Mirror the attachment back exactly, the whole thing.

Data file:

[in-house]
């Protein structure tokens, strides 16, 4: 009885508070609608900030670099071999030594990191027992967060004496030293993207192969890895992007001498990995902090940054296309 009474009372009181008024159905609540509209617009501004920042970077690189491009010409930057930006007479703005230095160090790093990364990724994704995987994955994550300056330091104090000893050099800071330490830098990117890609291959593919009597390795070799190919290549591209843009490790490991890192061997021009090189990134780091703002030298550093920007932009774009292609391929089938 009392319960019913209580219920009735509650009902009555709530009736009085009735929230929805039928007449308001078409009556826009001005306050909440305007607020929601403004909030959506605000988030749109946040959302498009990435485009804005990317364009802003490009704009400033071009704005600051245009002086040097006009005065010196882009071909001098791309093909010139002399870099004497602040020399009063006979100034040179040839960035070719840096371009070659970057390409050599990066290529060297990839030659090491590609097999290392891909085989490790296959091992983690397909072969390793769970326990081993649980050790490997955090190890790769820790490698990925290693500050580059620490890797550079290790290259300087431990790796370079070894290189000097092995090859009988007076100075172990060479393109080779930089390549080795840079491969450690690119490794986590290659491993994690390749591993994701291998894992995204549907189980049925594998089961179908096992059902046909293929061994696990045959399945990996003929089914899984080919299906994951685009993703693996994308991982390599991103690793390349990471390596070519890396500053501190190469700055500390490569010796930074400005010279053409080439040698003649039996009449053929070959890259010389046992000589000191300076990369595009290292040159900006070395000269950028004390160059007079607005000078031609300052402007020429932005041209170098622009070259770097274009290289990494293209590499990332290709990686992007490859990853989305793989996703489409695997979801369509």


[in-house]
């Protein structure tokens, strides 16, 4: 009885508070609608900030670099071999030594990191027992967060004496030293993207192969890895992007001498990995902090940054296309 009474009372009181008024159905609540509209617009501004920042970077690189491009010409930057930006007479703005230095160090790093990364990724994704995987994955994550300056330091104090000893050099800071330490830098990117890609291959593919009597390795070799190919290549591209843009490790490991890192061997021009090189990134780091703002030298550093920007932009774009292609391929089938 009392319960019913209580219920009735509650009902009555709530009736009085009735929230929805039928007449308001078409009556826009001005306050909440305007607020929601403004909030959506605000988030749109946040959302498009990435485009804005990317364009802003490009704009400033071009704005600051245009002086040097006009005065010196882009071909001098791309093909010139002399870099004497602040020399009063006979100034040179040839960035070719840096371009070659970057390409050599990066290529060297990839030659090491590609097999290392891909085989490790296959091992983690397909072969390793769970326990081993649980050790490997955090190890790769820790490698990925290693500050580059620490890797550079290790290259300087431990790796370079070894290189000097092995090859009988007076100075172990060479393109080779930089390549080795840079491969450690690119490794986590290659491993994690390749591993994701291998894992995204549907189980049925594998089961179908096992059902046909293929061994696990045959399945990996003929089914899984080919299906994951685009993703693996994308991982390599991103690793390349990471390596070519890396500053501190190469700055500390490569010796930074400005010279053409080439040698003649039996009449053929070959890259010389046992000589000191300076990369595009290292040159900006070395000269950028004390160059007079607005000078031609300052402007020429932005041209170098622009070259770097274009290289990494293209590499990332290709990686992007490859990853989305793989996703489409695997979801369509």